Policy Changes Need to Address OOP Costs to Have a Real Impact on Patients

Laura Joszt

Out-of-pocket (OOP) costs remain a problem, and even patients who are receiving co-pay assistance worry about these expenses. Unfortunately, charitable foundations that provide financial assistance are under increasing strain as demand rises, with funds running out of money quickly, explained Ayesha Azam, senior director of medical affairs, Patient Access Network (PAN) Foundation.

In 2019, the biggest change for underinsured patients on Medicare is the closure of the Medicare Part D gap, also known as the donut hole. Azam said that change is expected to be finalized by the end of the year. Once it is implemented, patients will not have to dread reaching the coverage gap, when OOP costs rise substantially and they are usually unable to afford drugs without some sort of assistance.

“So, it was great news that the coverage gap is closing,” she said. “And theoretically, this should mean across the board lower out-of-pocket costs for Medicare beneficiaries with prescription medications.”

However, the truth is not so clear cut. With OOP costs continuing to rise, more patients are hitting the amount needed to push them over the catastrophic threshold. The result is that patients will still be facing high OOP costs even once the donut hole is closed, Azam explained.

A PAN survey of patients who are already receive co-pay assistance found that 83% were worried about financial problems they will have in the future as a result of their illness or treatment and 80% said their OOP expenses have been higher than expected.

From 2016 to 2017, financial assistance increased significantly. While that is encouraging, there has been a plateauing effect, Azam said. And despite the assistance available, there are funds for certain disease states that remain closed or run out of money quickly.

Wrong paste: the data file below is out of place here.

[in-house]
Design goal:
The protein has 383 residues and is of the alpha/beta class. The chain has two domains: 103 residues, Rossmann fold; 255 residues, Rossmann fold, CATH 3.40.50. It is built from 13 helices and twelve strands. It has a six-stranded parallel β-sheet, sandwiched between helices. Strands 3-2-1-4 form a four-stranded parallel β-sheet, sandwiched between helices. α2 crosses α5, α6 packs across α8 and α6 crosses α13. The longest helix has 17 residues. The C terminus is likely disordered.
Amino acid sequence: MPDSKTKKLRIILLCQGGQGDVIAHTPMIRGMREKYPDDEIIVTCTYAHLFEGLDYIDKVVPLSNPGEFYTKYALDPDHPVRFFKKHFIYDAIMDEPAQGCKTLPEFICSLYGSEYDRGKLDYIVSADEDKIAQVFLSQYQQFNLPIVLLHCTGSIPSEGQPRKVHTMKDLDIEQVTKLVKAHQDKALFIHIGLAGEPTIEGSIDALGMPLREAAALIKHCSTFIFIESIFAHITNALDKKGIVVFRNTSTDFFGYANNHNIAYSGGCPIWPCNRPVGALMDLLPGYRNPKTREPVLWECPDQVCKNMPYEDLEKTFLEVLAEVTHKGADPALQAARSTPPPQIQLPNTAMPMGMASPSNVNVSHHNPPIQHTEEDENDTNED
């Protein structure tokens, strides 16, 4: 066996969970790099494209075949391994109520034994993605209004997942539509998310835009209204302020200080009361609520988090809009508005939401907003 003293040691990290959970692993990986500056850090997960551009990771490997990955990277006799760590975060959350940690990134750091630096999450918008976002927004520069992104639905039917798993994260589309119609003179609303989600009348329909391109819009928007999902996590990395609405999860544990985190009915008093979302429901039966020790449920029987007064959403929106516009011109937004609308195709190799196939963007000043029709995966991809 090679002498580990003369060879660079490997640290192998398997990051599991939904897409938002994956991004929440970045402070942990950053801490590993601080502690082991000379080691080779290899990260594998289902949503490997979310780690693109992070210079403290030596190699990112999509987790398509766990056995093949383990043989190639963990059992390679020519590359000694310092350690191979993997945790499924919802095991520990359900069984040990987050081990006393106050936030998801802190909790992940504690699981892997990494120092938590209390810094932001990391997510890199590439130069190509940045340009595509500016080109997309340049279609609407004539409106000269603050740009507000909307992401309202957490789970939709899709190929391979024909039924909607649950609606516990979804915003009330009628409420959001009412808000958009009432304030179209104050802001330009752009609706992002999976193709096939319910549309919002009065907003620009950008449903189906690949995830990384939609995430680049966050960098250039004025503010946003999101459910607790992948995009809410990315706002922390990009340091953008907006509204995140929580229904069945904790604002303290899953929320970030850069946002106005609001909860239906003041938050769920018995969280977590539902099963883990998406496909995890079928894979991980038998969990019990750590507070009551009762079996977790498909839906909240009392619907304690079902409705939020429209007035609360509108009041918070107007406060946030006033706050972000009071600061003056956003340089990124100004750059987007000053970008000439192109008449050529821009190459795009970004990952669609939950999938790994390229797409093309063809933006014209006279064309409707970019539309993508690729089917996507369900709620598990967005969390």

What the PAN Foundation has seen is that when a disease fund opens up again after being closed for a few days, weeks, or months, there is a flood of patients who go to PAN for assistance. While that makes sense, it is concerning that the money allocated will be used up so quickly, she said.

“While it’s definitely helping patients in need, there’s the effect of having a very limited window for them to be able find assistance,” Azam said. “And while it’s good for those who are have processes in place who can be able to identify the assistance and where it’s needed, it’s not great for those folks who aren’t able to get a grant before a fund closes.”

This experience has made it clear how policy makers are focused on lower drug costs, but haven’t addressed lowering OOP costs independently, she said. Closing the coverage gap helps, but not as much as it could if the price of specialty medications continues to rise. The 5% or 10% that patients pay continues to grow over time as drug prices increase.

“All of this means that there is a continued reliance on charitable foundations until there is a change in the overall system, where we can go to a different area where patients do not need to apply for grants to help them get through their benefits structure,” Azam said.
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